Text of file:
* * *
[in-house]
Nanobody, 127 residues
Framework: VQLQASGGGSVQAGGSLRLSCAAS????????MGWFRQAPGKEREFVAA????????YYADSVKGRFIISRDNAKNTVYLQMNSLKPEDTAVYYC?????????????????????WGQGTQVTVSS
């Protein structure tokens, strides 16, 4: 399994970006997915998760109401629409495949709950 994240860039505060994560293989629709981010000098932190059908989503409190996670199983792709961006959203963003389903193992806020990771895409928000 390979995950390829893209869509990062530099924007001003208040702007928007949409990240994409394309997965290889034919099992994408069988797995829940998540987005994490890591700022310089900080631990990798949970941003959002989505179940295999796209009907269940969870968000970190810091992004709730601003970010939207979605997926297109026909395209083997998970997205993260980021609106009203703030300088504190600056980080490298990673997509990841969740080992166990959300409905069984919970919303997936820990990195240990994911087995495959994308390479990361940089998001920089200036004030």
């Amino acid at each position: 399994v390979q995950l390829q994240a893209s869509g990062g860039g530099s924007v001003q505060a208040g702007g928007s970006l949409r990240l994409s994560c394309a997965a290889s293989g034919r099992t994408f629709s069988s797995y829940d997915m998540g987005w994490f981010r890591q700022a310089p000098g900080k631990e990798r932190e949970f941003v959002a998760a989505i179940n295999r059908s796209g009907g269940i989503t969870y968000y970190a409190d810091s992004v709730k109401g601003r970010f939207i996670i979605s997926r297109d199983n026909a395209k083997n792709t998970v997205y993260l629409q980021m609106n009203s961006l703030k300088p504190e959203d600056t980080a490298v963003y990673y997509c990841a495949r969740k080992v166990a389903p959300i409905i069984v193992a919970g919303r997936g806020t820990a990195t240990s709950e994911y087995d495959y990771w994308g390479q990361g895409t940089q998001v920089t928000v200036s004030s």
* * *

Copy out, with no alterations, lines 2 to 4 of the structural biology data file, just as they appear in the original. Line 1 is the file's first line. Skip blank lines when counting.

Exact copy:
Nanobody, 127 residues
Framework: VQLQASGGGSVQAGGSLRLSCAAS????????MGWFRQAPGKEREFVAA????????YYADSVKGRFIISRDNAKNTVYLQMNSLKPEDTAVYYC?????????????????????WGQGTQVTVSS
């Protein structure tokens, strides 16, 4: 399994970006997915998760109401629409495949709950 994240860039505060994560293989629709981010000098932190059908989503409190996670199983792709961006959203963003389903193992806020990771895409928000 390979995950390829893209869509990062530099924007001003208040702007928007949409990240994409394309997965290889034919099992994408069988797995829940998540987005994490890591700022310089900080631990990798949970941003959002989505179940295999796209009907269940969870968000970190810091992004709730601003970010939207979605997926297109026909395209083997998970997205993260980021609106009203703030300088504190600056980080490298990673997509990841969740080992166990959300409905069984919970919303997936820990990195240990994911087995495959994308390479990361940089998001920089200036004030």